Lean Concept is an organized approach that identifies & eliminates all types of waste that don’t add any value to the process. The primary concept of Lean principles is to boost customer value while reducing waste. A huge benefit of lean is that you will deliver the perfect value to your customers but with less work, through a perfect value creation process that has zero waste.
An organization with lean transformation understands customer value as well as concentrates its key processes to consistently increase it. So, Lean is about working efficiently, not swiftly.
Lean is the concept of efficient manufacturing/operations that pop out of the Toyota Production System in the center of the 20th century. But Lean techniques applies not only in production or manufacturing operations, but also in the service industry as well. Regardless of if you are manufacturing a product or supplying a service, some additives “waste”.
Do you frequently wait for product shipments? So, That’s a waste. Do products left in a room until they are required? That’s a waste. The purpose of lean management is to synchronize all of your business processes so there is no waste & your operation runs as smoothly as possible.
Lean consists of a broad range of principles & tools to identify & remove waste to increase process velocity. Hence, Any activity or procedure that engrosses resources increases cost or time without generating value turns into the target for elimination.
A Lean Organization, Subjectively, should have Certain Features
- Value the customer experience above everything else.
- See every problem as well as mistake as an opportunity to smooth processes.
- Fosters a culture of problem-solving & open communication between teams at every level, thus employees feel valued & invested.
Lean Helps in:
- Improving service delivery time.
- Decreasing process cycle time.
- Decreasing or removing the chance of defect generation.
- Optimizing resources for key improvements among others.
Lean principles specialize in the “large picture” or upgrades within the complete business process. It aims to maximize human potential by empowering workers to consistently enhance their work. Lean leaders help workers grow professionally & personally.
Removing waste alongside whole value streams, rather than at isolated points, creates strategies that want much less human effort, much less capital, much less space & less time to make products and services at far fewer costs and with much fewer defects, compared with traditional business systems.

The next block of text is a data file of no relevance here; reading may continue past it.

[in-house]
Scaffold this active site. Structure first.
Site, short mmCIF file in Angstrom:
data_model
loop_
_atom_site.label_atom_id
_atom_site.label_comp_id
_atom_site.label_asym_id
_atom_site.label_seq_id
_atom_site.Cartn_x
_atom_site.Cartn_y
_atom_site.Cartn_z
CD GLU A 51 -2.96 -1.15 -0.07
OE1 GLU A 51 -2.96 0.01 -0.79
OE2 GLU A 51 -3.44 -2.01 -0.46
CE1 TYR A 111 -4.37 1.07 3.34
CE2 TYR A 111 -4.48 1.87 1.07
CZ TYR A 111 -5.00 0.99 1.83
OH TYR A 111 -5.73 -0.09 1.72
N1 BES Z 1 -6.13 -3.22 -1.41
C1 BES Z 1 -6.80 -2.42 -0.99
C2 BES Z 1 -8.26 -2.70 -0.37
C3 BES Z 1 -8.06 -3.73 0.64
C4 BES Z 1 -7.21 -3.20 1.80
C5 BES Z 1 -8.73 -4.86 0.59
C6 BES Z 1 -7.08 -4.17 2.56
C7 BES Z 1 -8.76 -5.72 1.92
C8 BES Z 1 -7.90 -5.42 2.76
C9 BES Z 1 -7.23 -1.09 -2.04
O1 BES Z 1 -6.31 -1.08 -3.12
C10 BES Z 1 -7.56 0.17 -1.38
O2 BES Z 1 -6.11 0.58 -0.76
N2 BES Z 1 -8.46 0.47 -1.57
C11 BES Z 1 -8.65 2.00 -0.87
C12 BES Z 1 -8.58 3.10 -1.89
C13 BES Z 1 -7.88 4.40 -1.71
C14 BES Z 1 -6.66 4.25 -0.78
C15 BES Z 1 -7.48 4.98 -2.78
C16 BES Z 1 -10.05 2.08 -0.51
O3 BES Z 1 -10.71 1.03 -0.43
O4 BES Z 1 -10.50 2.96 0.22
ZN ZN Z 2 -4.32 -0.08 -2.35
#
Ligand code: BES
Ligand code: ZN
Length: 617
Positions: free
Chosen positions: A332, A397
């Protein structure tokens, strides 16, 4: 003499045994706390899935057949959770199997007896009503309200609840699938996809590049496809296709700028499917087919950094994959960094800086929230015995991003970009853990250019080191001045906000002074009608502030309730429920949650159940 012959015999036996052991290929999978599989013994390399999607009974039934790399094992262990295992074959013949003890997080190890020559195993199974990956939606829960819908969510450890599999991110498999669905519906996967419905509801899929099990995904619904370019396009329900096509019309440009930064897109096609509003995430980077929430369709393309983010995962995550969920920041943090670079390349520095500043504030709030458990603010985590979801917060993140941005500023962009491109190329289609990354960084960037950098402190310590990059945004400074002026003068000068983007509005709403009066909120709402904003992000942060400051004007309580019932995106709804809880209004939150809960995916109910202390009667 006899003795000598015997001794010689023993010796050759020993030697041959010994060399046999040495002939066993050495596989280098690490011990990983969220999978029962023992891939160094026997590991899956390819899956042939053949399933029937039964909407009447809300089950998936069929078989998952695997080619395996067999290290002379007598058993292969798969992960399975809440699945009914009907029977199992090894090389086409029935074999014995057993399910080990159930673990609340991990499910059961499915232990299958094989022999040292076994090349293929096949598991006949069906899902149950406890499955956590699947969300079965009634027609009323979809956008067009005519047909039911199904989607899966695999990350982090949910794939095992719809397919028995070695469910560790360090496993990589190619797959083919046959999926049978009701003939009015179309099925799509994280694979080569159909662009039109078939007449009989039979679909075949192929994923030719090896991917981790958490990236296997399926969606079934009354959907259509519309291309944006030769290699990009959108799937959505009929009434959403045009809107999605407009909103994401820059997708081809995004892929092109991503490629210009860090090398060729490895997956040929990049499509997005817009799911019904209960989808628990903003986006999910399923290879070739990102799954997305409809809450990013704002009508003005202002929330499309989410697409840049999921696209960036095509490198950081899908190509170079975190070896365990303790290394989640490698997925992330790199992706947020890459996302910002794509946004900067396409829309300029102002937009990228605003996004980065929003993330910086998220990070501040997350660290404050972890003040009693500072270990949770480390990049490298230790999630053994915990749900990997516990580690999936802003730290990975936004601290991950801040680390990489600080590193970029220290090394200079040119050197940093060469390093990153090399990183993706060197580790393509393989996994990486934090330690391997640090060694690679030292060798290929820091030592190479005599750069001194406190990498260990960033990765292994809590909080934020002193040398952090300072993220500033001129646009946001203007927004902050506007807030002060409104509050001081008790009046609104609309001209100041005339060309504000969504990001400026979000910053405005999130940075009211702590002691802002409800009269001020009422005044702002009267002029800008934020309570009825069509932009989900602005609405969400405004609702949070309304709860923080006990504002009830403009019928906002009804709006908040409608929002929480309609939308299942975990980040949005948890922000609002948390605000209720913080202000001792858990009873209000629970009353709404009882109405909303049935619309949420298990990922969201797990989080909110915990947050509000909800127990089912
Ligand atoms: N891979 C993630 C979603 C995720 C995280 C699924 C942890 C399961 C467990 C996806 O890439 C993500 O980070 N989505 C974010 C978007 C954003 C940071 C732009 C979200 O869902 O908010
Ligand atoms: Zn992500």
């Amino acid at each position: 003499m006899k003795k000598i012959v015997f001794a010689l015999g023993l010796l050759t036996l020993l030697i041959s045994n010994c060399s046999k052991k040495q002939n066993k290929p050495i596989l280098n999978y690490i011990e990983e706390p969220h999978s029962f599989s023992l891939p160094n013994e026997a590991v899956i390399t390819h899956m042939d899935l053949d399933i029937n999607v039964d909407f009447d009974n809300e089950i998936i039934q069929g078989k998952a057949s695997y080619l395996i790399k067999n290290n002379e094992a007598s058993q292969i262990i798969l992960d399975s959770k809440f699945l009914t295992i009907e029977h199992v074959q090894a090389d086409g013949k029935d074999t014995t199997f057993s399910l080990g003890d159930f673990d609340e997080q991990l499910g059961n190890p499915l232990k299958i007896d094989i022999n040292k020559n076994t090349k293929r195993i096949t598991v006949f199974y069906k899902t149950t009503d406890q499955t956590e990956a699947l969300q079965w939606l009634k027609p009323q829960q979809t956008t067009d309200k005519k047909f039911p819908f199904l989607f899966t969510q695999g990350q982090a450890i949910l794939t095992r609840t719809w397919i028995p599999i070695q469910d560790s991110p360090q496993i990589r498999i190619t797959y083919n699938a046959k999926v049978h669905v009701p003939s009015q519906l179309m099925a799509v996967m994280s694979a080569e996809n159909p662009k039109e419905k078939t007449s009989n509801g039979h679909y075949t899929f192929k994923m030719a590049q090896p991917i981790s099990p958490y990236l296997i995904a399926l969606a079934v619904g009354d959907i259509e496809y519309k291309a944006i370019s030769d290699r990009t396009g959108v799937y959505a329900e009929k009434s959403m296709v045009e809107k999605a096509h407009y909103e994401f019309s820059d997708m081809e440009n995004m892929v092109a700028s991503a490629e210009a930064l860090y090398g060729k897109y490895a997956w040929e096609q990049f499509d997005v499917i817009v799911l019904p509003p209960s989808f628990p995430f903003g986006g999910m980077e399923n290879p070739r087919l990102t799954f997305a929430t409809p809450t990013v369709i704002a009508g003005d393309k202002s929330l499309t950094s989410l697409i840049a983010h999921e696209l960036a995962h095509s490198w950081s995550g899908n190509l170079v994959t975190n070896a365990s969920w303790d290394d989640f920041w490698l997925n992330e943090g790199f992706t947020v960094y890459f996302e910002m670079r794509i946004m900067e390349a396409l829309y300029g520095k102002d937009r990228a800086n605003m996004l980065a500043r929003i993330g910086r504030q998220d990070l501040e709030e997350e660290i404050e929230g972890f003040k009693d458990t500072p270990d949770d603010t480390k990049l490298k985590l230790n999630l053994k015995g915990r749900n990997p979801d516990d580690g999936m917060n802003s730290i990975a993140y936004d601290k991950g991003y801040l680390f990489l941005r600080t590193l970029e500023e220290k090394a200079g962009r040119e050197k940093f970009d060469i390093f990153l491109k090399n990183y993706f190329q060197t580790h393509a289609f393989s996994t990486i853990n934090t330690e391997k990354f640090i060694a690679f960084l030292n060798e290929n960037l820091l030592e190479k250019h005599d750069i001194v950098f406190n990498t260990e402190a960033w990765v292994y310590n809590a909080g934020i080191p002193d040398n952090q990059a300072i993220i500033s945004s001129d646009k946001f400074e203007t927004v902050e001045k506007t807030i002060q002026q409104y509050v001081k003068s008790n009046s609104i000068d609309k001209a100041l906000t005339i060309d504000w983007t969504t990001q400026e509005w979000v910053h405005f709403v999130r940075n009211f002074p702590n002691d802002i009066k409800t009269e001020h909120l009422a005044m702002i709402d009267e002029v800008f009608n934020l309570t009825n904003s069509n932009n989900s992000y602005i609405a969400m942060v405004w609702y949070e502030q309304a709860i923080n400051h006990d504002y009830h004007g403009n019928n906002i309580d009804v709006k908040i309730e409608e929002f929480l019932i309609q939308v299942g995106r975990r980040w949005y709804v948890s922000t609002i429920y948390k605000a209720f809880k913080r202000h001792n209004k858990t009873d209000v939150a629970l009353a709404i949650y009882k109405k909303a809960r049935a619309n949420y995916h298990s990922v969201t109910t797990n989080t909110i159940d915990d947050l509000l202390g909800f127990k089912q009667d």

Companies are capable of reply to changing customer wish with excessive variety, excessive quality, low cost, and very rapid throughput times. Also, information management becomes much simpler & more precise.
Also See: What is Lean in Non-Manufacturing?
You can develop a Lean Enterprise with the aid of aligning these 3 areas: People, Purpose & Process.
The achievement of any lean transformation relies upon the involvement of each employee in the process for consistent business improvement. Further, their readiness and capability to solve progressively complicated problems.
Learn how all functions, individuals as well as systems work unitedly to deliver true value to customers creating competitive advantage & enduring business results.
To get real feasible results in safety, delivery, quality, cost & morale, one must bring all the lean tools to work cooperatively as a system.
Benefits of Lean
1. Improving Productivity & Efficiency
When employees focuses on delivering value, they will be more productive & efficient, because they won’t be distracted by uncertain activities.
By making use of Lean methodology, you will be capable to lower waste activities. So, your workforce will be focused on activities that bring value.
3. Better Use of Resources
When your manufacturing is primarily based totally on real demand, you may be capable to use only as many resources as needed.
Lean principles had been first brought in the book. The Machine That Changed the World (1991) by James P. Womack, Daniel T. Jones, and Daniel Roos.
- Identify Value
- Value Stream Mapping
- Create Flow
- Establish Pull
- Pursuit Perfection
1. Identify Value
What is the aim of every company? Moreover, To provide a product/service that a customer is ready to pay for. Certainly, You need to define exactly what it is that the consumer wants. Customers in general do not define value based on where it is made & how it is made. Customers want their requirements satisfied swiftly, they want particular products, with specific capabilities, at a certain price. So, you first need to identify the value that you want to deliver & then move on to the next step.